by [name redacted]
Originally published by Next Generation.
That the DS is a sensation is both indisputable and deserved. That it has helped to change the industry should by now be reasonably obvious. All the more shame, then, that the system is not really built for success.
The DS was an experiment – a cautious stab in the dark, introduced almost with an apology in Nintendo’s early assurance that it was not replacing the Game Boy. Instead, Nintendo insisted, the DS was meant as a “third rung” in the company’s strategy in addition to its traditional handheld and console systems. Judging by how long it took the industry and its followers to “get” the system and its improved follow-up, the Wii, Nintendo’s caution was probably well-advised.
To Nintendo’s credit, it wasted little time. The moment the system started to prove itself, the company introduced a slicker, more appealing version – outwardly at least, less of a prototype – as it revised and adapted the system’s ideas into Nintendo’s next home system. The laurels are barely even worn, much less sat-upon, and the Game Boy has been given its long-deserved retirement.
The problem is, as pretty as it now looks, the DS is still a half-measure, incompletely realized and insufficiently explained. The system has two screens because of the touchscreen. Input on the bottom; output on the top. So why does the extra screen seem so extraneous? The hardware was made for wi-fi – so why wasn’t the user interface? A portable system is as personal as game consoles get, and the DS is the most interactive ever – so why isn’t it more customizable?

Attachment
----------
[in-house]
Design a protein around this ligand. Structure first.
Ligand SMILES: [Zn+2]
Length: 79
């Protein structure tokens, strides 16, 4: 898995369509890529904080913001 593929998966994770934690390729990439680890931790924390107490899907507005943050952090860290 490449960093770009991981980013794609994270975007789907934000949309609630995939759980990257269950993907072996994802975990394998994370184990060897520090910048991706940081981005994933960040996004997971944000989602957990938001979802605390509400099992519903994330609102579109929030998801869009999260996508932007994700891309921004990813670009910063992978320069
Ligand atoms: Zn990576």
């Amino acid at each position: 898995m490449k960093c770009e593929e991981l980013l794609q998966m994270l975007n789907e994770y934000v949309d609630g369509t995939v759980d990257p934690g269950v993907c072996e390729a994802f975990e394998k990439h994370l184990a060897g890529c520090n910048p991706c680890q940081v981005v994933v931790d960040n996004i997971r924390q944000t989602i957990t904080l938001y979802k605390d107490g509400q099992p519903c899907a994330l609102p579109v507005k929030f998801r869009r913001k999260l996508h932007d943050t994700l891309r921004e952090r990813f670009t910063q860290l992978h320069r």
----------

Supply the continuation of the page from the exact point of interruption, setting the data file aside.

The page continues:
The DS could well be the ideal portable platform; it certainly has all the right ideas. Here’s what Nintendo can do to push it over the wall, and follow through on all the system’s promises.
1) Give the system some internal flash memory. Right now you can store a downloaded demo in RAM until you cut the power. Though nice in its own right, that’s not enough. For points I’ll address in a moment, this extra storage space is crucial.
2) Improve the system interface. Nobody wants to reboot every time he changes the system clock or exits Pictochat. I don’t necessarily even want to shut down the system when I turn off a game. The user should have the option of returning to the home menu at any time – perhaps suspending the game for a moment to fiddle with a system setting, then resuming. The game will react as if the player snapped the lid closed, then open again.
3) Make the system interface expandable, preferably over wi-fi download. Hey, those Wii channels? Good idea. Should have thought of it earlier. I want the option to expand my options – to upgrade features like Pictochat for wi-fi glory. To add new functions, like…